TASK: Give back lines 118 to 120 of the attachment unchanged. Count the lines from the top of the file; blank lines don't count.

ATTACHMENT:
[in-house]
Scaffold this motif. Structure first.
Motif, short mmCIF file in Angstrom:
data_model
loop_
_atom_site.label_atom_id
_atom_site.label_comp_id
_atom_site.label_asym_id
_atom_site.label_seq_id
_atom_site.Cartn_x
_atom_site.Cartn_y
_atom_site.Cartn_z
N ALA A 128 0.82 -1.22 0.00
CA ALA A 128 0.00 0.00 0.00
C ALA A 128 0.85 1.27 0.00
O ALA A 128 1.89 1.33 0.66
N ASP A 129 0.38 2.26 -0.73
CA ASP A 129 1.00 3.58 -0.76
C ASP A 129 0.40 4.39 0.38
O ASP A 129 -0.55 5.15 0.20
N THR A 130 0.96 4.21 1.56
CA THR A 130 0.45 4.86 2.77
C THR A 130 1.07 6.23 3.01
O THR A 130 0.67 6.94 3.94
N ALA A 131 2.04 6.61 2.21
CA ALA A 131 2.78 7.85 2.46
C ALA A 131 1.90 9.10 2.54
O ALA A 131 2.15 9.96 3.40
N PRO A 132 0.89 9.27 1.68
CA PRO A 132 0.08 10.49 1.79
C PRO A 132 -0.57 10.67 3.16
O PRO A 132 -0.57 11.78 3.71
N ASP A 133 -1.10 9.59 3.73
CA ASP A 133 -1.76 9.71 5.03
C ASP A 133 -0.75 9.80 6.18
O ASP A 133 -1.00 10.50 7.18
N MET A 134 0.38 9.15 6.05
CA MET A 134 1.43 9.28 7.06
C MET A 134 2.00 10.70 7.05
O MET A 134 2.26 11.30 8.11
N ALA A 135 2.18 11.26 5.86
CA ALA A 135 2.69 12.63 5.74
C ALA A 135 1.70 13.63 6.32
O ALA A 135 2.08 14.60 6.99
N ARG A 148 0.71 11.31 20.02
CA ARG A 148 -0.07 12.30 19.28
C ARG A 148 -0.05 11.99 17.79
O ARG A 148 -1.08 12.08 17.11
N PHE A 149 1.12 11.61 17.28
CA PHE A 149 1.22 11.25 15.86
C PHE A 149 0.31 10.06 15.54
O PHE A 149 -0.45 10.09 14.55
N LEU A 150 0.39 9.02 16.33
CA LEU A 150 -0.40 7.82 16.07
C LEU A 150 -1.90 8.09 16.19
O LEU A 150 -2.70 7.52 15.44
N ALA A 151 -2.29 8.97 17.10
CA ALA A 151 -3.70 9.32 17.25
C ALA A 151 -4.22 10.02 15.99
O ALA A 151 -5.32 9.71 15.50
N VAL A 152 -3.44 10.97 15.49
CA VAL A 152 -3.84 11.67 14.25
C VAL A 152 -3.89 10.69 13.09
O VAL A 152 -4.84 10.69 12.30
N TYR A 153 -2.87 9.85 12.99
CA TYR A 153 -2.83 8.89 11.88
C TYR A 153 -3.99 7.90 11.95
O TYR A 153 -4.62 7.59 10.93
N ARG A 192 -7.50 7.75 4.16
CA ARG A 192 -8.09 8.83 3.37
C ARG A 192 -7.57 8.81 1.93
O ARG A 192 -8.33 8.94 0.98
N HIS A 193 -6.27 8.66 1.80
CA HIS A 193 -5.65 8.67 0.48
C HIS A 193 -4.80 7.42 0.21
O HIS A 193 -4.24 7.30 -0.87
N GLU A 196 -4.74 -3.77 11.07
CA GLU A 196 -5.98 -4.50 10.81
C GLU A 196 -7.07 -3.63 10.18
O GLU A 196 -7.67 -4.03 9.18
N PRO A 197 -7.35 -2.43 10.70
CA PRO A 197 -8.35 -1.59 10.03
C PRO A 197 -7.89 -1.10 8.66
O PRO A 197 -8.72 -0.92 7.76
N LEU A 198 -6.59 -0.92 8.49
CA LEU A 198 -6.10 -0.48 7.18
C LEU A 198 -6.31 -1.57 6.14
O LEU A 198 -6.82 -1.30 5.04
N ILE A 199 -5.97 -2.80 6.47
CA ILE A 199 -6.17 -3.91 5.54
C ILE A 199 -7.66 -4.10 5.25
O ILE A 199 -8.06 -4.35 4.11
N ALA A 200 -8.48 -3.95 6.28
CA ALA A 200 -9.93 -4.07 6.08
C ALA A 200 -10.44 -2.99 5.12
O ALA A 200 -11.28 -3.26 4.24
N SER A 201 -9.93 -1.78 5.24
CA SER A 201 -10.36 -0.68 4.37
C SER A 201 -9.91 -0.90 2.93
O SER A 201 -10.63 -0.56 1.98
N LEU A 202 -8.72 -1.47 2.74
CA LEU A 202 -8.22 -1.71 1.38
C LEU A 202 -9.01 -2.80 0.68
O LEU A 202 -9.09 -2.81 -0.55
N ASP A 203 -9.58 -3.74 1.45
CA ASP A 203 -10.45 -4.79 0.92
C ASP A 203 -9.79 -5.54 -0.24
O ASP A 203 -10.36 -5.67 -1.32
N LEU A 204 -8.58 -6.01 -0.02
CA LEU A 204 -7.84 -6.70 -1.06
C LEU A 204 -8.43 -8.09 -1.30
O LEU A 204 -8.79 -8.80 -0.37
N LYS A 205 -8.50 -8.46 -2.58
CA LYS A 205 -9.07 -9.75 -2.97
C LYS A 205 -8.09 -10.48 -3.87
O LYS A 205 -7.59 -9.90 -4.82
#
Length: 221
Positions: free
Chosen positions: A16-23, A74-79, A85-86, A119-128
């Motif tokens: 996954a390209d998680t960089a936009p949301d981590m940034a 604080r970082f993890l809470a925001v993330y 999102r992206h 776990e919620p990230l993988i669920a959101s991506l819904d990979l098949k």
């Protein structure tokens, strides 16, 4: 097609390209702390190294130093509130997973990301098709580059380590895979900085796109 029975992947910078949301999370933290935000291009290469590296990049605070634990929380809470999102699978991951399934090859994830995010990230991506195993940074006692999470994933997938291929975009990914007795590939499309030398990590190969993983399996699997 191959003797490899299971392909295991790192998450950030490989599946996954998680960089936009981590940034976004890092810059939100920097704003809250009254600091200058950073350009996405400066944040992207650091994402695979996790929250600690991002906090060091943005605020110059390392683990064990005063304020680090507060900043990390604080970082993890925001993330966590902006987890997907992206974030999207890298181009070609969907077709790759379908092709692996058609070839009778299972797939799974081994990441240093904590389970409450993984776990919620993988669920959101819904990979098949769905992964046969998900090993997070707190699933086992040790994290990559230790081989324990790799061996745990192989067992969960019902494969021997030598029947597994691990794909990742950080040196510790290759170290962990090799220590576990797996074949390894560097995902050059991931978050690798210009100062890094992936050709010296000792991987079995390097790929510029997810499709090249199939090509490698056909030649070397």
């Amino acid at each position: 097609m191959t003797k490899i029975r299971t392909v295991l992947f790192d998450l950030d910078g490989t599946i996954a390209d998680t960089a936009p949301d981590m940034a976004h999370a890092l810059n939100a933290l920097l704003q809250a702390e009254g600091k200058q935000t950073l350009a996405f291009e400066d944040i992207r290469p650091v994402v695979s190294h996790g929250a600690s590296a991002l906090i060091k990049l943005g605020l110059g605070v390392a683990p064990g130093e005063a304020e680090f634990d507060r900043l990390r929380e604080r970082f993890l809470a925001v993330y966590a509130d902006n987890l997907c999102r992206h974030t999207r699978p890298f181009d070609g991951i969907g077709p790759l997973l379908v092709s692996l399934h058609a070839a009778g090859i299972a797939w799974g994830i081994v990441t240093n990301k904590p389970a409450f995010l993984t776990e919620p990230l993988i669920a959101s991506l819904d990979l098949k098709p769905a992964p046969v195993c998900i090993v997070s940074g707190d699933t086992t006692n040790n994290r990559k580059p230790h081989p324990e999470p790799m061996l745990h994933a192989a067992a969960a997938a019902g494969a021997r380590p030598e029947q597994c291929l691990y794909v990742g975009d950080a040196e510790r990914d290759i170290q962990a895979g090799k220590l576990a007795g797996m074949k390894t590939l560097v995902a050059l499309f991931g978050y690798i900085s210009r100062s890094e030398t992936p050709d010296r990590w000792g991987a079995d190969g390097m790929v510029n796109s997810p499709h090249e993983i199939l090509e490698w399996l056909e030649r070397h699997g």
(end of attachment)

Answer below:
Length: 221
Positions: free
Chosen positions: A16-23, A74-79, A85-86, A119-128